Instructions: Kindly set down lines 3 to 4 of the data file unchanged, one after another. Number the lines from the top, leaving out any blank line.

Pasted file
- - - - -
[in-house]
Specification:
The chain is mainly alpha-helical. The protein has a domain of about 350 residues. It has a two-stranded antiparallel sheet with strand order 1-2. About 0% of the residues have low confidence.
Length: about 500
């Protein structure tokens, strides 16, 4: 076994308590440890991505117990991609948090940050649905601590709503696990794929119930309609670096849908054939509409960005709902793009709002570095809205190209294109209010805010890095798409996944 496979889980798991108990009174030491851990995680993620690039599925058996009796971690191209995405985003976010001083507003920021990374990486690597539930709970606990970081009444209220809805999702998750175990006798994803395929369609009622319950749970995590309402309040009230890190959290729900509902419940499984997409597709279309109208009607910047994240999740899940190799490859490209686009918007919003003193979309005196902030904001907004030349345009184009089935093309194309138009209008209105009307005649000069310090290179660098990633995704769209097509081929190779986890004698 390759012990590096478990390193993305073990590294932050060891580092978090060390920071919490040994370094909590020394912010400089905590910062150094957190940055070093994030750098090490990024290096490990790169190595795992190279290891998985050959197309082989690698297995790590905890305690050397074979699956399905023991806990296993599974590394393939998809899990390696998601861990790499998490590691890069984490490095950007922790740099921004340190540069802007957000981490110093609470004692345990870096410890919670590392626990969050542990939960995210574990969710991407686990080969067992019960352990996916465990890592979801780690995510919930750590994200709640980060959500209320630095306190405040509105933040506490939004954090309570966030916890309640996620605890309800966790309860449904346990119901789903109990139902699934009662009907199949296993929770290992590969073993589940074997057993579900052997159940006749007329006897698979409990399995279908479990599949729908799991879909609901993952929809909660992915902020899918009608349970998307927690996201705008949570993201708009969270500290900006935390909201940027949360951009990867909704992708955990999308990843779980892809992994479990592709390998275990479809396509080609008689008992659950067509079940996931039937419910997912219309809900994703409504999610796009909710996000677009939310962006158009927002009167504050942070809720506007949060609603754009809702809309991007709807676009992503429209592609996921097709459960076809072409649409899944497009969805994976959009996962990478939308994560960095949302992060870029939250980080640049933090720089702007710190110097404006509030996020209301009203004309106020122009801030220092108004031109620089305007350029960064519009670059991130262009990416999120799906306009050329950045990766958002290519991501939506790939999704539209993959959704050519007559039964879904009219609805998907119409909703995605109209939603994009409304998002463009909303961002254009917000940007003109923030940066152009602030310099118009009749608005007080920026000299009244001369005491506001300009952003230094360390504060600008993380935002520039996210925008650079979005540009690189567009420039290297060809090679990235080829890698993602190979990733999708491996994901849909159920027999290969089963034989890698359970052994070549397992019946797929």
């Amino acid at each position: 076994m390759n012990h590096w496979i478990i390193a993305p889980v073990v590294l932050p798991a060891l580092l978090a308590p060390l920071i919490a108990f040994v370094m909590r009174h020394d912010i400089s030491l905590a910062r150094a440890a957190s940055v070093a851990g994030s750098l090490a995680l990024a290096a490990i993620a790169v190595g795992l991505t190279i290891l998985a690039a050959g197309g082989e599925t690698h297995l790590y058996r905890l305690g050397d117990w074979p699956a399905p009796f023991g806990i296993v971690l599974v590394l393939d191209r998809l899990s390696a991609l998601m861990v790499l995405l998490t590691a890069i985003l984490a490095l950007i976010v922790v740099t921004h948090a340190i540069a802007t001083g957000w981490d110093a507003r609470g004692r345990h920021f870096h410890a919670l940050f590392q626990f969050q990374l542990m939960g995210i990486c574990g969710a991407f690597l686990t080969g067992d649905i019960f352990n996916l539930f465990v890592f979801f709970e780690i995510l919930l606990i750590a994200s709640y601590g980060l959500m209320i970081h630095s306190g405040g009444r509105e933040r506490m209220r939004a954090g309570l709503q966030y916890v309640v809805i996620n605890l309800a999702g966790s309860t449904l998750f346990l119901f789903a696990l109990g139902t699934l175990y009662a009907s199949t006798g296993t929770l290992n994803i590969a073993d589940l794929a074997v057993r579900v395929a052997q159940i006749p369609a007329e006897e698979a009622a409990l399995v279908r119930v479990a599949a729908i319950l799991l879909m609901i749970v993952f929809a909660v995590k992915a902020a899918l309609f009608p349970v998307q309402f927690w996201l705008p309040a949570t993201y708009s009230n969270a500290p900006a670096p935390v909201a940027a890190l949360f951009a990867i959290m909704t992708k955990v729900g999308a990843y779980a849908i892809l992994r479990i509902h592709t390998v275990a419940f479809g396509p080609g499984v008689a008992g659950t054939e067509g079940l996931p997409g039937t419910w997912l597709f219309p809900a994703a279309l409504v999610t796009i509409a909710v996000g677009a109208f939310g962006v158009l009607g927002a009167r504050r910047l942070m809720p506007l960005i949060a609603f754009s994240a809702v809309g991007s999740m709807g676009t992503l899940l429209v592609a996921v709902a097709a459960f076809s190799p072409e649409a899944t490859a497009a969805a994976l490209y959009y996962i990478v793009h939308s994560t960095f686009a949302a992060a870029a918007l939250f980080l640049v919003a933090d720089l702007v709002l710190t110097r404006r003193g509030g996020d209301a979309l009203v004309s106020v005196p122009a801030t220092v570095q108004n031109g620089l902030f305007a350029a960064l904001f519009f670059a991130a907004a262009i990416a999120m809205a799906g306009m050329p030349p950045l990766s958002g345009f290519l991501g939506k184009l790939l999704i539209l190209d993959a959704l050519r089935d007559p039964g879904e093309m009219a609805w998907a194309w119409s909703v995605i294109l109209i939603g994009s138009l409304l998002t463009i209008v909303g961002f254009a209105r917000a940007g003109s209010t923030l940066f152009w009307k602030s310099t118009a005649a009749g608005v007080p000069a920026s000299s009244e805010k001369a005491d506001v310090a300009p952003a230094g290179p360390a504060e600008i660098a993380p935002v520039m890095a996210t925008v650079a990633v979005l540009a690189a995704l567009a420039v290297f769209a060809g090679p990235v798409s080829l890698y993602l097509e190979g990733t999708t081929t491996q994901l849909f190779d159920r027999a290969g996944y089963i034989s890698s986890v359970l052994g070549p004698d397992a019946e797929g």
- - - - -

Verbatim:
The chain is mainly alpha-helical. The protein has a domain of about 350 residues. It has a two-stranded antiparallel sheet with strand order 1-2. About 0% of the residues have low confidence.
Length: about 500